Living with Cancer as an LGBTQ+ Human 

Summary: Receiving a cancer diagnosis has an impactful effect on everyone that it touches, including the patient, caregiver, family and even members of the community. Sexual orientation and gender identity are two of the factors that influence a person’s likelihood of being diagnosed with cancer, and how they respond to that diagnosis. When doctors are open and informed, they can help to recognize and support their gay, lesbian, bisexual, transgender and queer patients, as well as their families- whether biological or created by choice. 

 

 

Receiving a cancer diagnosis has an impactful effect on everyone that it touches, including the patient, caregiver, family and even members of the community. Sexual orientation and gender identity are two of the factors that influence a person’s likelihood of being diagnosed with cancer, and how they respond to that diagnosis. When doctors are open and informed, they can help to recognize and support their gay, lesbian, bisexual, transgender and queer patients, as well as their families- whether biological or created by choice. 

Disparities in Health Care for LGBTQ+ 

The National LGBT Cancer Network reports that LGBTQ+ patients have a greater chance of being diagnosed with one of the top seven most-diagnosed cancers than non-LGBTQ+ patients. The increased chance of diagnosis can be attributed to a combination of lifestyle factors and chosen behaviors. It is vital to understand that it is not because the patient is gay, lesbian, bisexual, transgender or otherwise that they end up diagnosed with cancer. It is that LGBTQ+ people, as a group, are more likely to engage, or have engaged in, specific behaviors that have been directly linked to the development of cancer.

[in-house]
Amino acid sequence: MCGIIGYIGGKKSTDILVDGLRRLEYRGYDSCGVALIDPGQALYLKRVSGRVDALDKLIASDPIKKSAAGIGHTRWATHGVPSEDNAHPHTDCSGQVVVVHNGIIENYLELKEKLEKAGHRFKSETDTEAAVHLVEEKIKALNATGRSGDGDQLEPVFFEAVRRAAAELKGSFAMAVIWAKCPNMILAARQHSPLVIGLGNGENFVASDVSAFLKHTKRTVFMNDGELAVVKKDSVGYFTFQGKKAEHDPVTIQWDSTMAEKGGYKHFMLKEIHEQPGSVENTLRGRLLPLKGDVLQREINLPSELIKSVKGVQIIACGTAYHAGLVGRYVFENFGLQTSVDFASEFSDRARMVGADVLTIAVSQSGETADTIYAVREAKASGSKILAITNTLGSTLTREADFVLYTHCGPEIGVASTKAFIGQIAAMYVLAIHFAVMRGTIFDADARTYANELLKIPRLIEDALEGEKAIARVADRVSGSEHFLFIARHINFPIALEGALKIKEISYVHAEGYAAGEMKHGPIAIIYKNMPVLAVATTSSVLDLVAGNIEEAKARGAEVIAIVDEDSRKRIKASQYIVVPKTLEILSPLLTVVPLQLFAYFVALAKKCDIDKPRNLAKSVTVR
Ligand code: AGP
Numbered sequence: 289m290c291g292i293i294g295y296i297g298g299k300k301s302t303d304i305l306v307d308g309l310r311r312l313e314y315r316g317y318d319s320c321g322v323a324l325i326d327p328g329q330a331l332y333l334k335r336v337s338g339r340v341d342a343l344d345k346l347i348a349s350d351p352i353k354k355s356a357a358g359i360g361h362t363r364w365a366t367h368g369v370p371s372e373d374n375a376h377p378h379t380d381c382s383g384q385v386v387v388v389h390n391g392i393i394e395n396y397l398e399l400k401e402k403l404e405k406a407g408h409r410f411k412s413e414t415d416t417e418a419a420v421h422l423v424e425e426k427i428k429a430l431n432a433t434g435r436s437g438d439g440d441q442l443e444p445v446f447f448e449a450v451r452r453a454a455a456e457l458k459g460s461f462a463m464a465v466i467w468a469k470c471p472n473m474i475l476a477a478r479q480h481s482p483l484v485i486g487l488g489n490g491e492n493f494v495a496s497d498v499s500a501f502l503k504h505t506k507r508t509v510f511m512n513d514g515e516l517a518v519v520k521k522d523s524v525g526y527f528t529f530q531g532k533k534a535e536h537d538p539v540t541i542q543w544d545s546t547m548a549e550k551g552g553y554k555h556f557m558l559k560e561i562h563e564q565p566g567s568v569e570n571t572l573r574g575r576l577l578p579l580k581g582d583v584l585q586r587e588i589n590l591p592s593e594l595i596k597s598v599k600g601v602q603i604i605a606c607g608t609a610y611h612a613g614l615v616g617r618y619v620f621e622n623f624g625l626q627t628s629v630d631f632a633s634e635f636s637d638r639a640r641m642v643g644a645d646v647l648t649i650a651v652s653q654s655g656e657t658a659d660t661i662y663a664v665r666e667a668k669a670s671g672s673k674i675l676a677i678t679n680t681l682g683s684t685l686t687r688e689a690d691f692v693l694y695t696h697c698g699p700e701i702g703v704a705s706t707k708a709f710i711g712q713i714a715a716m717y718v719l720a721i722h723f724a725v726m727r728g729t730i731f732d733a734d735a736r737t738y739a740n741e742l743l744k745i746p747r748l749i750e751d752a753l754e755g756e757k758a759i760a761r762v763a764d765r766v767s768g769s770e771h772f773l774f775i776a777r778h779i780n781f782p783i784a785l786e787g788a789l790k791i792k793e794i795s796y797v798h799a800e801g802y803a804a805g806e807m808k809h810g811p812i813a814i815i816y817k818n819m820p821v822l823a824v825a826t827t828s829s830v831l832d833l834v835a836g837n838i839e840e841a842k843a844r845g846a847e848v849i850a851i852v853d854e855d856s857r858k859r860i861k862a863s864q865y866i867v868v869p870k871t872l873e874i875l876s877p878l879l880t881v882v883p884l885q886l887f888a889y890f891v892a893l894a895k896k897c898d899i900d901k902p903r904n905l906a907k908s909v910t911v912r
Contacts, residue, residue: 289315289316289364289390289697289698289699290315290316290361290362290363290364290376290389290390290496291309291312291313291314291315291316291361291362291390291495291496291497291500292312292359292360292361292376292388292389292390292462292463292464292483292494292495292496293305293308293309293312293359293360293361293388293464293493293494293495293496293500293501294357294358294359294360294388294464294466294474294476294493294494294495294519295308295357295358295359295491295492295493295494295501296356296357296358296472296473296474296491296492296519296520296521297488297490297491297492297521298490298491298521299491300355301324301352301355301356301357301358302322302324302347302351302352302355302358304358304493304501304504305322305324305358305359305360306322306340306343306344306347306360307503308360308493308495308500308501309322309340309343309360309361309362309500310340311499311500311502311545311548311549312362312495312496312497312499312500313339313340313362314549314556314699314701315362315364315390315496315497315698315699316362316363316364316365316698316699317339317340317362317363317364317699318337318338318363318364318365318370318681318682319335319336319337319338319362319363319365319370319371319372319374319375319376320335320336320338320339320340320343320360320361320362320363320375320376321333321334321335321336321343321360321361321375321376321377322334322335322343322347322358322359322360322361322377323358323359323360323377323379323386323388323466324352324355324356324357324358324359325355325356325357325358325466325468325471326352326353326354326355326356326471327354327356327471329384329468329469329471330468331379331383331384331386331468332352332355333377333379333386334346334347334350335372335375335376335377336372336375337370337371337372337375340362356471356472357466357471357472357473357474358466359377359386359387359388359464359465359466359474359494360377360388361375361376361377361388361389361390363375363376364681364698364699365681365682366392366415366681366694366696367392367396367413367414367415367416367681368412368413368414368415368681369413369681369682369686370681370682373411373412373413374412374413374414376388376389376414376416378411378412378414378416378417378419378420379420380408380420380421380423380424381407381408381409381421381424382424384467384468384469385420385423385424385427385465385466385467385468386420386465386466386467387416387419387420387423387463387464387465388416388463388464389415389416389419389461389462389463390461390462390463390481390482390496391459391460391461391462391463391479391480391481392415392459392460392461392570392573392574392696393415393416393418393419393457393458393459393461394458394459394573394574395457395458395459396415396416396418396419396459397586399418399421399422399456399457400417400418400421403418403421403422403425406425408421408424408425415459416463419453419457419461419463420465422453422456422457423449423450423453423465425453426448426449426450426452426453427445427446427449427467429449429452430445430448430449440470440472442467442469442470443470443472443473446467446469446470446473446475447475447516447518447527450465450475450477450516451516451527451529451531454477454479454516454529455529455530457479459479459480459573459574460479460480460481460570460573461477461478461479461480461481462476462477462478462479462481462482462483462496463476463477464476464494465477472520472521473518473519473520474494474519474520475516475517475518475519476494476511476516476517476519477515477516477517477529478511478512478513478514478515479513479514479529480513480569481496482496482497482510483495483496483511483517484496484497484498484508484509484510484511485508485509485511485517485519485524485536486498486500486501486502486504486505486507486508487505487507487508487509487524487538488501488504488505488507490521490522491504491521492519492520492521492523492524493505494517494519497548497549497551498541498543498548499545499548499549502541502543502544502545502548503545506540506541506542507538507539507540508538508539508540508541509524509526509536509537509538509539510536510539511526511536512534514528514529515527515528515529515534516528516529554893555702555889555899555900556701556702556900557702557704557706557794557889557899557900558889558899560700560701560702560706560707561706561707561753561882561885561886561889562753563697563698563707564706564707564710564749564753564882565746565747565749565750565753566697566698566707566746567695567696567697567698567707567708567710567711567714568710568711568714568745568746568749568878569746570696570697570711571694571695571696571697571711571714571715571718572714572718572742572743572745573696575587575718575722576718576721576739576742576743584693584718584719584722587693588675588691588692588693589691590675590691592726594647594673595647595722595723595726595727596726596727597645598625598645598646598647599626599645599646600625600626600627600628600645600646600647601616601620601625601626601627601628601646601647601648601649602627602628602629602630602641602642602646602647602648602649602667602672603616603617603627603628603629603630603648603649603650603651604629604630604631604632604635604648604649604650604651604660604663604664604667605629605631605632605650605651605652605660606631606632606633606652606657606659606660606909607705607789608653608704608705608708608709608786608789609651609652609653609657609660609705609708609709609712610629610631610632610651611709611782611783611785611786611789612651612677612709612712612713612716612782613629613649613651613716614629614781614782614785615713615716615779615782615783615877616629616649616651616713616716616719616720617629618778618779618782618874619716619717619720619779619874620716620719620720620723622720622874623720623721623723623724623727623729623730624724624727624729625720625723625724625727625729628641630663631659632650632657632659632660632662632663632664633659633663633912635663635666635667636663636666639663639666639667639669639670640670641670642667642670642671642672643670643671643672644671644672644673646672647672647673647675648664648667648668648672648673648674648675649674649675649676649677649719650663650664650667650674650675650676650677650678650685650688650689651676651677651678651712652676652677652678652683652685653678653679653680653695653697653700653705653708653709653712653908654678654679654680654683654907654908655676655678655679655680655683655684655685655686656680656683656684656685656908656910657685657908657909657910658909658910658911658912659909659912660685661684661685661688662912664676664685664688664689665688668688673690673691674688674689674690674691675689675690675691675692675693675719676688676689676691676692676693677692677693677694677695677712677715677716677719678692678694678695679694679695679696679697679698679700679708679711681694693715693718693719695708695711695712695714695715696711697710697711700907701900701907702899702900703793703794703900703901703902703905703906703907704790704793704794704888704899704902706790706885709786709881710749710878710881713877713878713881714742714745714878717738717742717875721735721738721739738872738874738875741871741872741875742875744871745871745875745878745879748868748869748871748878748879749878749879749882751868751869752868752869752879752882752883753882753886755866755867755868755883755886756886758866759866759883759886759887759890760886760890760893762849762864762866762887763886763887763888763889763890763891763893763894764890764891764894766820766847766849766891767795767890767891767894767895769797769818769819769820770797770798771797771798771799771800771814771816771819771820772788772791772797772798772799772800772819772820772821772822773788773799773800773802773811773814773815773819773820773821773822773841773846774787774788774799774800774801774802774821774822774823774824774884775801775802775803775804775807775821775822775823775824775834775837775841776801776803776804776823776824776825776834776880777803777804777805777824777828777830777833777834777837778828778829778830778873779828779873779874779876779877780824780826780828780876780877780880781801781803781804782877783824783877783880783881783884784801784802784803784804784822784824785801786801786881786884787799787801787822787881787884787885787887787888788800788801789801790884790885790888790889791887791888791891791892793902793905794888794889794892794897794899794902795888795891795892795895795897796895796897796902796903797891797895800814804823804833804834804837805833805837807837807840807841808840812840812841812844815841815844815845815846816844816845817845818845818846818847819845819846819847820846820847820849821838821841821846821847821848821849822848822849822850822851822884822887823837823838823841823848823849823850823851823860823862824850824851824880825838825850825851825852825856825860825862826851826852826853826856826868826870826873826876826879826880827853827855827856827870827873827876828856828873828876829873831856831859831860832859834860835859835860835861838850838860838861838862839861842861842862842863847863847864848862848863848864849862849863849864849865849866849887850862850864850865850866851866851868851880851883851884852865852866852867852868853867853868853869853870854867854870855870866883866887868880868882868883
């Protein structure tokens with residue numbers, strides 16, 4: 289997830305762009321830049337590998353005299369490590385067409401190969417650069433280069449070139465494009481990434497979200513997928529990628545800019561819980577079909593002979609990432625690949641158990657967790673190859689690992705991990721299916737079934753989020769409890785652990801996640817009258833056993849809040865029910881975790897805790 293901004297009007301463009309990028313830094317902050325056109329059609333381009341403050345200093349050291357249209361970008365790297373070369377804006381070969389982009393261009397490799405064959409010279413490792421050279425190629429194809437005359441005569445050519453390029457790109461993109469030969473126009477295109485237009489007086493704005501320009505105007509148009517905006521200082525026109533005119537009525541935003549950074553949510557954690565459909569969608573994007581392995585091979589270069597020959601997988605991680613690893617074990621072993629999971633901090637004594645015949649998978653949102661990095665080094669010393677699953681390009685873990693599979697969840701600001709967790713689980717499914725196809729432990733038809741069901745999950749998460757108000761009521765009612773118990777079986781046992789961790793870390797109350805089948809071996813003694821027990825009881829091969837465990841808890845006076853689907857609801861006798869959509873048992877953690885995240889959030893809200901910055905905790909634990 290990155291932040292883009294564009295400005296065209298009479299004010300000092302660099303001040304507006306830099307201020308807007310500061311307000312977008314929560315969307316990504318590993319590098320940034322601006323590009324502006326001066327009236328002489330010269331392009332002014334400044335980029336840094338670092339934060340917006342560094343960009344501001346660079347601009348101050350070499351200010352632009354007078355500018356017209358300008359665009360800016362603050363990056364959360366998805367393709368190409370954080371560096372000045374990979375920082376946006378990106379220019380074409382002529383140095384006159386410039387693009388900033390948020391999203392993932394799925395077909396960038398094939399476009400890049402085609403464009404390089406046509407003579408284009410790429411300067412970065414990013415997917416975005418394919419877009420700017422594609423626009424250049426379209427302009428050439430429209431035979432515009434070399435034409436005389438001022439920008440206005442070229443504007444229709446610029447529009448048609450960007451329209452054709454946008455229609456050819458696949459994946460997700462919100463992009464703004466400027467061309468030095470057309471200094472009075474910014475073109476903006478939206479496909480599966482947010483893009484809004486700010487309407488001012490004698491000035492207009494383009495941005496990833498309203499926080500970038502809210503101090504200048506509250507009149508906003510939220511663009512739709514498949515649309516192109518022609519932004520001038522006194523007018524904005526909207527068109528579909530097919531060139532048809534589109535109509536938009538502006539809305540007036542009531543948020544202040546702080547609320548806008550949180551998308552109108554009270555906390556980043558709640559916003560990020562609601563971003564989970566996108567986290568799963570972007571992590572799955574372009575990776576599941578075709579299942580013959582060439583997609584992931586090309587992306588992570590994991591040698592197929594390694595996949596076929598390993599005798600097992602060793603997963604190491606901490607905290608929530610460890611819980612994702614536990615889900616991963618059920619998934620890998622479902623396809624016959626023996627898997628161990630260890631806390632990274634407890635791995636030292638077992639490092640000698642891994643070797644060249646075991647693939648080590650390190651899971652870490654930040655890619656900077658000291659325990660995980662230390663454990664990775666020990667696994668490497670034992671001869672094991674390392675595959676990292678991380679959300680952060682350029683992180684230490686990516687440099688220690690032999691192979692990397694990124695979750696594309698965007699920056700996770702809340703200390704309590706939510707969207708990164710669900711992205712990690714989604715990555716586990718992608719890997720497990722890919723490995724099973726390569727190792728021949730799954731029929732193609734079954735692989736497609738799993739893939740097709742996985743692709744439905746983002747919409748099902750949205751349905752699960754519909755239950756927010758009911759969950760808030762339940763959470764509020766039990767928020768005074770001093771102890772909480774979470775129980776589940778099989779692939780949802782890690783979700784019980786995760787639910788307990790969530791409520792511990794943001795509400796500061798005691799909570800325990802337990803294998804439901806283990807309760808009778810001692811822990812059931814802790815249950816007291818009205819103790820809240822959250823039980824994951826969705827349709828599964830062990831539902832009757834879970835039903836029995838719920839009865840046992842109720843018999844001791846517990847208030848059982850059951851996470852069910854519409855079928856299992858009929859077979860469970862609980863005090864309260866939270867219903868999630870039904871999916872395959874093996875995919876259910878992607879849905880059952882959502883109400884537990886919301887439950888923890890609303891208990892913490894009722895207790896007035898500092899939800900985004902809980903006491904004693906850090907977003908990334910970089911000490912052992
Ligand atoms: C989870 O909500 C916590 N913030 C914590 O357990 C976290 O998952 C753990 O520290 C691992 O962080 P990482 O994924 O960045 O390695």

As an example, smoking is connected to over eighty percent of all lung cancer, and also increase the patient’s overall risk for developing colon, esophageal, and anal cancers. Numerous studies have confirmed that gay men and lesbians are more likely to smoke than men and women who do not identify as gay. If you are a smoker, stop! Other behaviors, like a high-fat diet, alcohol consumption and recreational drug use, all also contribute to this increased risk of developing cancer.  

In other statistical studies, evidence shows that those women who have children over age thirty, or not having children at all, face an increased risk of breast cancer. Therefore, those lesbian women who do not plan to have children, will face a higher risk rate of developing breast cancer. If you are a women, regardless of your sexual or gender identity, older than thirty and have never had a biological child, it is important that you get your regular screenings for breast cancer.